I was at the store the other day when I saw one of those "inspiring" magnets on which was inscribed a quote attributed to Henry Ford: "Whether you think you can do a thing or think you can't do a thing --- you're right."
I don't mean to be excessively crude here, but that's a big pile of horsecock. Hitler (one of Ford's heroes) and his zealous followers, some of whom were extremely brilliant military tacticians, believed fervently that they would win WWII. I'm sure many of the frozen corpses littering the crags of Mt. Everest belonged to people who were convinced beyond a doubt that they would conquer the mountain. On a more quotidian level, in every major sporting event both teams typically believe that they have what it takes to win. Fully half the time, these trained and insanely dedicated people are wrong. Even fewer believers make it to Olympic gold.
I'm not saying that a strong will and dedication can't do wonders. History abounds with people born without arms or legs who played the piano, wrote calligraphy, or became proficient marksmen. In his fascinating book An Anthropologist On Mars, Oliver Sacks tells of a man with Tourette's, who overcame his spasms and became a surgeon and a pilot. Or hey, look at Muggsy Bogues --- I bet lots of people told him he'd never play in the NBA.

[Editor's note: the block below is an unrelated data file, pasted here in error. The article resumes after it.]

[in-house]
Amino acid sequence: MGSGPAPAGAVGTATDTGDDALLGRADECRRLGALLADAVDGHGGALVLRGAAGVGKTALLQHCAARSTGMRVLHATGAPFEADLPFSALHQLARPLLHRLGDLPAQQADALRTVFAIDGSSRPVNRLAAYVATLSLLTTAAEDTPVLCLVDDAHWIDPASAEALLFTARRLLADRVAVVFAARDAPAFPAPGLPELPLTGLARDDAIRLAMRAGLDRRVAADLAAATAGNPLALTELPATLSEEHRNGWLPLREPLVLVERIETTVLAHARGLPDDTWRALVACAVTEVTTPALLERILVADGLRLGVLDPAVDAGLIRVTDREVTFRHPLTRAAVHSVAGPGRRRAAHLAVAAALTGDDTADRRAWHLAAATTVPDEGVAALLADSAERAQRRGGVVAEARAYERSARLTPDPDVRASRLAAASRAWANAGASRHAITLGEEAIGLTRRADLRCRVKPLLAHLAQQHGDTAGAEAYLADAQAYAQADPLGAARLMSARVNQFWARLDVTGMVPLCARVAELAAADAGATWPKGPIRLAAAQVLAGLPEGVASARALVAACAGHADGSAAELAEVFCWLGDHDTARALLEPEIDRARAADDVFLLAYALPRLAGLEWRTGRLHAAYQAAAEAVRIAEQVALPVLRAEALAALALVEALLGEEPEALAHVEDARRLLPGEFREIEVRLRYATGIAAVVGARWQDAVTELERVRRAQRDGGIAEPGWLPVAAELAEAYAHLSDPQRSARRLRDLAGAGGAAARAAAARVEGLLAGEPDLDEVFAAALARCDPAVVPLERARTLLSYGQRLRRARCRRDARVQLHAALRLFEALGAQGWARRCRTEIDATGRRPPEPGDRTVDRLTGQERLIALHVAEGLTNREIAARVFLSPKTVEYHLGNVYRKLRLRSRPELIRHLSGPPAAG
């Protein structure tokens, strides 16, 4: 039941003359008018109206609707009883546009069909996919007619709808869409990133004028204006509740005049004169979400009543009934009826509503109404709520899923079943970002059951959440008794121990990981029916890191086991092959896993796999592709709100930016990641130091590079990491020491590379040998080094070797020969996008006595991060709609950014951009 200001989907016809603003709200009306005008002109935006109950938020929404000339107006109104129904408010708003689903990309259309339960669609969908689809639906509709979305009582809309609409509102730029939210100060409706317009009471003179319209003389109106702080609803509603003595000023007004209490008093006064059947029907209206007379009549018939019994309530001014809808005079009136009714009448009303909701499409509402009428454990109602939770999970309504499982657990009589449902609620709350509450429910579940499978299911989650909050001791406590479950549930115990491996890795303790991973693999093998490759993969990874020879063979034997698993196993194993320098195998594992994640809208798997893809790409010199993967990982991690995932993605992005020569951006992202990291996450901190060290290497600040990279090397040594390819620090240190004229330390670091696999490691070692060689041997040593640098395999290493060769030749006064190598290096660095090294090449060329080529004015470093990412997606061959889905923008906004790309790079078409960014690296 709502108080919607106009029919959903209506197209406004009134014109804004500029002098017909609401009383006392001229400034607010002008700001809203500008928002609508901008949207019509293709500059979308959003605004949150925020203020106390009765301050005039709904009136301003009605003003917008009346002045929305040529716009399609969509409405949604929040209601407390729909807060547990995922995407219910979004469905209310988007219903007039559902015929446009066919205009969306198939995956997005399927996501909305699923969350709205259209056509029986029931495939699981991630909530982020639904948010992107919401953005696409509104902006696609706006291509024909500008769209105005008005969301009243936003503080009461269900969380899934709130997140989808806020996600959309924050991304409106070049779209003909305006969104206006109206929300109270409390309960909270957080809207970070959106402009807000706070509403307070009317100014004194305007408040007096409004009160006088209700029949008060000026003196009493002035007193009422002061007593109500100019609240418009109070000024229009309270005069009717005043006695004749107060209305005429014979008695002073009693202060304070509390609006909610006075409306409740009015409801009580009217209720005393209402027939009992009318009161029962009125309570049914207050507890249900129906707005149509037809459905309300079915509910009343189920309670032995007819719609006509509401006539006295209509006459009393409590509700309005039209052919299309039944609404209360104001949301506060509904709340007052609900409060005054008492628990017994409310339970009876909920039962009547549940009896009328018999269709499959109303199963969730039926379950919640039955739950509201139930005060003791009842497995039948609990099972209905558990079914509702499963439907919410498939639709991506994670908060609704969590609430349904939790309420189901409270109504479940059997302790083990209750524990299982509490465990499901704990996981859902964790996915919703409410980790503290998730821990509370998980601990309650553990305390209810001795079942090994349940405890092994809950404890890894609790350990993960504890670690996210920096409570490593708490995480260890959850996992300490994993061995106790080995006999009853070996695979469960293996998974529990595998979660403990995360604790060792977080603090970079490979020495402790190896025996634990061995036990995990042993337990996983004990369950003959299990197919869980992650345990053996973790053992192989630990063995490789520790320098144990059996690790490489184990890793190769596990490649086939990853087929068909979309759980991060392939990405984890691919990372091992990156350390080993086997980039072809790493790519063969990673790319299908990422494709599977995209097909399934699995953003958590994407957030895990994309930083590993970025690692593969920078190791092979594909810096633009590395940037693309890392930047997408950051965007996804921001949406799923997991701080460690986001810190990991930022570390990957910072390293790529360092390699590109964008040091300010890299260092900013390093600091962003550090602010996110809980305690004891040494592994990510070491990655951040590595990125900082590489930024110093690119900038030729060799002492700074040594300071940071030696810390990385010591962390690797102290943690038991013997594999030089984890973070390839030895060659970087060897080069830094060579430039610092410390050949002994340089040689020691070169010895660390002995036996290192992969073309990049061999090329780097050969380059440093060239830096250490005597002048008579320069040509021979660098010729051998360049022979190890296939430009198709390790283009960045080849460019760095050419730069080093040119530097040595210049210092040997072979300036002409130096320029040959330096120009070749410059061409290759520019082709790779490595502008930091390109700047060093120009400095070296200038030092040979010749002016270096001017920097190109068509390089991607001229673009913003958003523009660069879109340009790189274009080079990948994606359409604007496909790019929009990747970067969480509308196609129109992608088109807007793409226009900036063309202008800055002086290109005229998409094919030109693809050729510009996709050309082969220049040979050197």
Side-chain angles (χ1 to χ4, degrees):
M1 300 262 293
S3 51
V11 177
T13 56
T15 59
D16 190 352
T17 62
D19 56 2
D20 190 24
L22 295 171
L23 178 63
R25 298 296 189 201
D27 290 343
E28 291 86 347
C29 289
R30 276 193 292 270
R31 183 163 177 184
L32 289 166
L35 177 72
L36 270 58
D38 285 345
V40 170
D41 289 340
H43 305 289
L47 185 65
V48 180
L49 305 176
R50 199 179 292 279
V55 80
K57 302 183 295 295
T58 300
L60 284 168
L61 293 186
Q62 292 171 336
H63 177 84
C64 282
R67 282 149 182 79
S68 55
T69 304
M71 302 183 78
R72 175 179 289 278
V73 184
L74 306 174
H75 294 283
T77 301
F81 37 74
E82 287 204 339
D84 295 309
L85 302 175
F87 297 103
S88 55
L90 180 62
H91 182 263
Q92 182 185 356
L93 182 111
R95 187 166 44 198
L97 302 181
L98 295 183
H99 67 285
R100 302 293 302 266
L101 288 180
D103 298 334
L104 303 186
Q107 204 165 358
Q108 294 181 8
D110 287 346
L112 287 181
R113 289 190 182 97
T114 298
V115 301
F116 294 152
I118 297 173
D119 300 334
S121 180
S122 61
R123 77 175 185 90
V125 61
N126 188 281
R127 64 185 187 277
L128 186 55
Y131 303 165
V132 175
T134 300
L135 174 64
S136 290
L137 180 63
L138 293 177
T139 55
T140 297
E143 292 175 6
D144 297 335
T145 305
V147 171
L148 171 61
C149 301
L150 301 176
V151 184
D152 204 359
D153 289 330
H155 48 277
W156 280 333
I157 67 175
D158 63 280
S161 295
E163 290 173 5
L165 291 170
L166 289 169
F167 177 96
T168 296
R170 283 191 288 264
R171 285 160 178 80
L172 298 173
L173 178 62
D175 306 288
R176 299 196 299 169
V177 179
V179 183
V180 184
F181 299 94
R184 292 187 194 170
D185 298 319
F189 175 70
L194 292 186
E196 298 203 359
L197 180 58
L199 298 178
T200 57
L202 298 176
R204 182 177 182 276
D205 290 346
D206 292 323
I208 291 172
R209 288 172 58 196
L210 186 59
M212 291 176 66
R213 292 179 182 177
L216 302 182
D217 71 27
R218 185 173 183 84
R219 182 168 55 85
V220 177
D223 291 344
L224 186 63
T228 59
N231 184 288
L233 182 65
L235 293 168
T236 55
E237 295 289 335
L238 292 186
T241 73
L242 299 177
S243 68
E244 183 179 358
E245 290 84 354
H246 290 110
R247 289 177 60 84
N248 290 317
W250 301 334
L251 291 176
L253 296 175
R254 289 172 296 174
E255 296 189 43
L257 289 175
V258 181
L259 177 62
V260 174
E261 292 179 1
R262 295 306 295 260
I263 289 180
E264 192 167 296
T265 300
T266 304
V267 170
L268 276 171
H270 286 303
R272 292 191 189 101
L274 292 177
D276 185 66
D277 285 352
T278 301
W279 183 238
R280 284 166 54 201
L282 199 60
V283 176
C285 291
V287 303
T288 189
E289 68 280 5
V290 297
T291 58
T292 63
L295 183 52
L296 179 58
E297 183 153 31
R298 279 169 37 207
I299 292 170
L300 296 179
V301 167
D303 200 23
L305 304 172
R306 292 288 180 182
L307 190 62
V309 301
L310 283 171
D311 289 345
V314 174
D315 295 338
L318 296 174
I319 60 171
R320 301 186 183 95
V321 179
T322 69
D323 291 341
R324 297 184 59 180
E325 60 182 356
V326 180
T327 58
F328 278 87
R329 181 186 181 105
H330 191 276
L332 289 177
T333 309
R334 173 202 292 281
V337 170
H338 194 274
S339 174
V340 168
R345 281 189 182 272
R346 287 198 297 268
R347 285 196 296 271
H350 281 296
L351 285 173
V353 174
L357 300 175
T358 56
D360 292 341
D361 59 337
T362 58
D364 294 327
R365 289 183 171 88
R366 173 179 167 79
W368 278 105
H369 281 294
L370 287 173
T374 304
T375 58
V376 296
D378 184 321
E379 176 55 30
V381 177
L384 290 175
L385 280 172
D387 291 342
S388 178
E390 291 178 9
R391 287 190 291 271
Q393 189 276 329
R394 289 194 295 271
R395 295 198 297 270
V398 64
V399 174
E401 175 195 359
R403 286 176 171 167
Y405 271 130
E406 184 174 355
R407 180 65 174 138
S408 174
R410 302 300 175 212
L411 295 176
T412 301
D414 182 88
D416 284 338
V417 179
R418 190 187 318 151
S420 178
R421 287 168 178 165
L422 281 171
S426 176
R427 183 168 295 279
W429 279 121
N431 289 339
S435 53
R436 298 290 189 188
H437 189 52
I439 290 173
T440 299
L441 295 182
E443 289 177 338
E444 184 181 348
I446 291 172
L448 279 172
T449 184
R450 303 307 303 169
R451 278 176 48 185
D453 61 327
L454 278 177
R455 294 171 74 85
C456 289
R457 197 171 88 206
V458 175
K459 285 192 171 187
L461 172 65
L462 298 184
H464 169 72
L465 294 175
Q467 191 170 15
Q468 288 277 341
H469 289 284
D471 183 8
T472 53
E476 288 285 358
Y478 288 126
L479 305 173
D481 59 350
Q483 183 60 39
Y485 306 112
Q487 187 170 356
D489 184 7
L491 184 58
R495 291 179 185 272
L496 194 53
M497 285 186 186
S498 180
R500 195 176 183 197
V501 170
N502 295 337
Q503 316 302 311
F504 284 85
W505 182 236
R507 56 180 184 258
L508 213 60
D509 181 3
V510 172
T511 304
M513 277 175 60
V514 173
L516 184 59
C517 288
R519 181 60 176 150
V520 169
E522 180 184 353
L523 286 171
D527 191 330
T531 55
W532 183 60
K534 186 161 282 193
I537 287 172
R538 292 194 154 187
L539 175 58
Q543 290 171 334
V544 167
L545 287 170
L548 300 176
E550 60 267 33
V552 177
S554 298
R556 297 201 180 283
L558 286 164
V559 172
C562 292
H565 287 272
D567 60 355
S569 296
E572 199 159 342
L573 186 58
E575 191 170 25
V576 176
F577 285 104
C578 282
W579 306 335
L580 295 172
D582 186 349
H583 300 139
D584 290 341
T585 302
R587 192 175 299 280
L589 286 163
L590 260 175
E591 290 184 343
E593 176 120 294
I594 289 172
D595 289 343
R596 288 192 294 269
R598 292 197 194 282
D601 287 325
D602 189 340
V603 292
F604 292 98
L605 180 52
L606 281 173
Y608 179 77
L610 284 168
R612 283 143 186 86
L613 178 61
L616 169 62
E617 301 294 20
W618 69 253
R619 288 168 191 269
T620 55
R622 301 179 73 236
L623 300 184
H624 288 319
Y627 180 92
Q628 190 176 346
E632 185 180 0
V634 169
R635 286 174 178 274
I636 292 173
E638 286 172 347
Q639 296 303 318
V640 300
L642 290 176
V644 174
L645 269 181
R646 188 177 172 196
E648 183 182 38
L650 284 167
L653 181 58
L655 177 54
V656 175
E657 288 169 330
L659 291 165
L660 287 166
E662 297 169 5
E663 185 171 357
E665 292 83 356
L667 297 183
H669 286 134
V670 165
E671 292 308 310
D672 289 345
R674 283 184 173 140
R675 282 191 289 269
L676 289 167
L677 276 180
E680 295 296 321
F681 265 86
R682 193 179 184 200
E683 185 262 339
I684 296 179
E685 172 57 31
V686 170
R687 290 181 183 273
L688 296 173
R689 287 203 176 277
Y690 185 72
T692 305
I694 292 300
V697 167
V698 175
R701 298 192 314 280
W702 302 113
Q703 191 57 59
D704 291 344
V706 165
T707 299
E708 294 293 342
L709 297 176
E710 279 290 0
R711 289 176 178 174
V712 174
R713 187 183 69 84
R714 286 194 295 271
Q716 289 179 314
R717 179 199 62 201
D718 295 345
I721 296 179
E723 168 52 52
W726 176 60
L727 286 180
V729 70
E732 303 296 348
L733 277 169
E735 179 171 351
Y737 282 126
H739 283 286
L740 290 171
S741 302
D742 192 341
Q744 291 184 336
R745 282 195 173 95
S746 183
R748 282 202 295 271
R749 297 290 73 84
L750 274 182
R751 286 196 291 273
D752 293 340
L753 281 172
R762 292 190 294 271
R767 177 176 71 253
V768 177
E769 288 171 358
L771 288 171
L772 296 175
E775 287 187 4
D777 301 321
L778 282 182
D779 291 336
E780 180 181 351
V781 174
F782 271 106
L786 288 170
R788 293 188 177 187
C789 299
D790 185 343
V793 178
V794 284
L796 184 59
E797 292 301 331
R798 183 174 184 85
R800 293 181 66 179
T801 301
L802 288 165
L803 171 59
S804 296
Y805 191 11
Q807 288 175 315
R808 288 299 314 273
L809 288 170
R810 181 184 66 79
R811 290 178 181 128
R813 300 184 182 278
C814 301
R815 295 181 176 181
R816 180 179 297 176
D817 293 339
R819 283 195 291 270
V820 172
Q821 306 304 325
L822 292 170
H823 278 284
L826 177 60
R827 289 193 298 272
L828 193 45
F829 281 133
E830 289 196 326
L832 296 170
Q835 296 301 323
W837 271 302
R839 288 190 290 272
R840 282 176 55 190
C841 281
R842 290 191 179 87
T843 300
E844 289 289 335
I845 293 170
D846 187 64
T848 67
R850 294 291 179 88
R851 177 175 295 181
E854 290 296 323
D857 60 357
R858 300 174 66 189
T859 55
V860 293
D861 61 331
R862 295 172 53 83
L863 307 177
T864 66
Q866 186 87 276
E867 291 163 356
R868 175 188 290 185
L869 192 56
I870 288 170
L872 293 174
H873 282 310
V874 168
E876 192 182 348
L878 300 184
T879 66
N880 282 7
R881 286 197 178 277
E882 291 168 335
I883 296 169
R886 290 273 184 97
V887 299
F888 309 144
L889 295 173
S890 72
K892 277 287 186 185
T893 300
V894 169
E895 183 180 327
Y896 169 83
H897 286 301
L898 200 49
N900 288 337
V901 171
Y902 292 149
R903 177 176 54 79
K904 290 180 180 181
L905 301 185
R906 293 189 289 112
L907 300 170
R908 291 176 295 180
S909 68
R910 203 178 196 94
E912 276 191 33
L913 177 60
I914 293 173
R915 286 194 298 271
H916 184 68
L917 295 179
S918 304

But seriously: Ford's cutesy precept is not only wrong, it's dangerous. People do fail, even people who try very hard and believe strongly in themselves. If we are to take Ford's sophistic bromide as a truth, failure only comes because the person who failed didn't believe or try or dare hard enough. And that means that when you don't achieve what you dream of, it's your fault.
What kind of "inspiration" is that? The horsecock kind.